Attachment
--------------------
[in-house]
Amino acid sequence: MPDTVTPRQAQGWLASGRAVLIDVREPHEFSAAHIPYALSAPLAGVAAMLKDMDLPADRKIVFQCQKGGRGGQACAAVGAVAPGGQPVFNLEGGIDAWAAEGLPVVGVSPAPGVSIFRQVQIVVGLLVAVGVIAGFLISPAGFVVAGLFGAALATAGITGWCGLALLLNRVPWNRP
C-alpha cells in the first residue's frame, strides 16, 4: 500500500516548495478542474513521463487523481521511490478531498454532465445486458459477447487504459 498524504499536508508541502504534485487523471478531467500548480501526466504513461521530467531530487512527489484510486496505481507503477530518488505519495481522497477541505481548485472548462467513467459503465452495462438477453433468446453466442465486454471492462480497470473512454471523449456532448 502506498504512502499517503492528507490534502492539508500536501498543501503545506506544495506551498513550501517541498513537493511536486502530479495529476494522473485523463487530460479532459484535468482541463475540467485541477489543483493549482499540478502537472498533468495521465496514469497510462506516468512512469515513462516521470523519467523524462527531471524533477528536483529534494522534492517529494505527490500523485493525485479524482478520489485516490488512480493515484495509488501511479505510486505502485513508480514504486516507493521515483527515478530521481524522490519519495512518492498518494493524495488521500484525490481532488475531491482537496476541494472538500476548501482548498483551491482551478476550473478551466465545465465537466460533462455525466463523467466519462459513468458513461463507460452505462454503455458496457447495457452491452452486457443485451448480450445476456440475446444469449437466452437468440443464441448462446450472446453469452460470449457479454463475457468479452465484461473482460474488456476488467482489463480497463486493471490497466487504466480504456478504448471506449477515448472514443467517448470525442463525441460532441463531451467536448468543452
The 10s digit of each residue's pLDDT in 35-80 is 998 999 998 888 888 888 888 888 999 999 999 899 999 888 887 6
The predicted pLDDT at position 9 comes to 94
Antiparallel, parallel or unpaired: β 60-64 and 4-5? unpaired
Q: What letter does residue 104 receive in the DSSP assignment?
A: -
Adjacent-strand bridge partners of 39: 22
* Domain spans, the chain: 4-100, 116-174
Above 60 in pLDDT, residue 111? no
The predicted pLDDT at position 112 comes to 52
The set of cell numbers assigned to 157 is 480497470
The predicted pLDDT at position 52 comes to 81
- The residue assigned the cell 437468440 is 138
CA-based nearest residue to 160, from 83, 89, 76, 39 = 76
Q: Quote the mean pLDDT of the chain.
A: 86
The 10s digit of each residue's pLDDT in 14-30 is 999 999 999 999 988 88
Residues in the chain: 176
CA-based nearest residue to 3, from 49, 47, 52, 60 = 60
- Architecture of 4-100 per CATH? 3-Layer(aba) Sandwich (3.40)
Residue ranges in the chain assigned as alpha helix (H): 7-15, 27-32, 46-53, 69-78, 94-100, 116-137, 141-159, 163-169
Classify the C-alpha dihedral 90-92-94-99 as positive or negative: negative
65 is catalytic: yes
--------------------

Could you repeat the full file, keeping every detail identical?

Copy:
[in-house]
Amino acid sequence: MPDTVTPRQAQGWLASGRAVLIDVREPHEFSAAHIPYALSAPLAGVAAMLKDMDLPADRKIVFQCQKGGRGGQACAAVGAVAPGGQPVFNLEGGIDAWAAEGLPVVGVSPAPGVSIFRQVQIVVGLLVAVGVIAGFLISPAGFVVAGLFGAALATAGITGWCGLALLLNRVPWNRP
C-alpha cells in the first residue's frame, strides 16, 4: 500500500516548495478542474513521463487523481521511490478531498454532465445486458459477447487504459 498524504499536508508541502504534485487523471478531467500548480501526466504513461521530467531530487512527489484510486496505481507503477530518488505519495481522497477541505481548485472548462467513467459503465452495462438477453433468446453466442465486454471492462480497470473512454471523449456532448 502506498504512502499517503492528507490534502492539508500536501498543501503545506506544495506551498513550501517541498513537493511536486502530479495529476494522473485523463487530460479532459484535468482541463475540467485541477489543483493549482499540478502537472498533468495521465496514469497510462506516468512512469515513462516521470523519467523524462527531471524533477528536483529534494522534492517529494505527490500523485493525485479524482478520489485516490488512480493515484495509488501511479505510486505502485513508480514504486516507493521515483527515478530521481524522490519519495512518492498518494493524495488521500484525490481532488475531491482537496476541494472538500476548501482548498483551491482551478476550473478551466465545465465537466460533462455525466463523467466519462459513468458513461463507460452505462454503455458496457447495457452491452452486457443485451448480450445476456440475446444469449437466452437468440443464441448462446450472446453469452460470449457479454463475457468479452465484461473482460474488456476488467482489463480497463486493471490497466487504466480504456478504448471506449477515448472514443467517448470525442463525441460532441463531451467536448468543452
The 10s digit of each residue's pLDDT in 35-80 is 998 999 998 888 888 888 888 888 999 999 999 899 999 888 887 6
The predicted pLDDT at position 9 comes to 94
Antiparallel, parallel or unpaired: β 60-64 and 4-5? unpaired
Q: What letter does residue 104 receive in the DSSP assignment?
A: -
Adjacent-strand bridge partners of 39: 22
* Domain spans, the chain: 4-100, 116-174
Above 60 in pLDDT, residue 111? no
The predicted pLDDT at position 112 comes to 52
The set of cell numbers assigned to 157 is 480497470
The predicted pLDDT at position 52 comes to 81
- The residue assigned the cell 437468440 is 138
CA-based nearest residue to 160, from 83, 89, 76, 39 = 76
Q: Quote the mean pLDDT of the chain.
A: 86
The 10s digit of each residue's pLDDT in 14-30 is 999 999 999 999 988 88
Residues in the chain: 176
CA-based nearest residue to 3, from 49, 47, 52, 60 = 60
- Architecture of 4-100 per CATH? 3-Layer(aba) Sandwich (3.40)
Residue ranges in the chain assigned as alpha helix (H): 7-15, 27-32, 46-53, 69-78, 94-100, 116-137, 141-159, 163-169
Classify the C-alpha dihedral 90-92-94-99 as positive or negative: negative
65 is catalytic: yes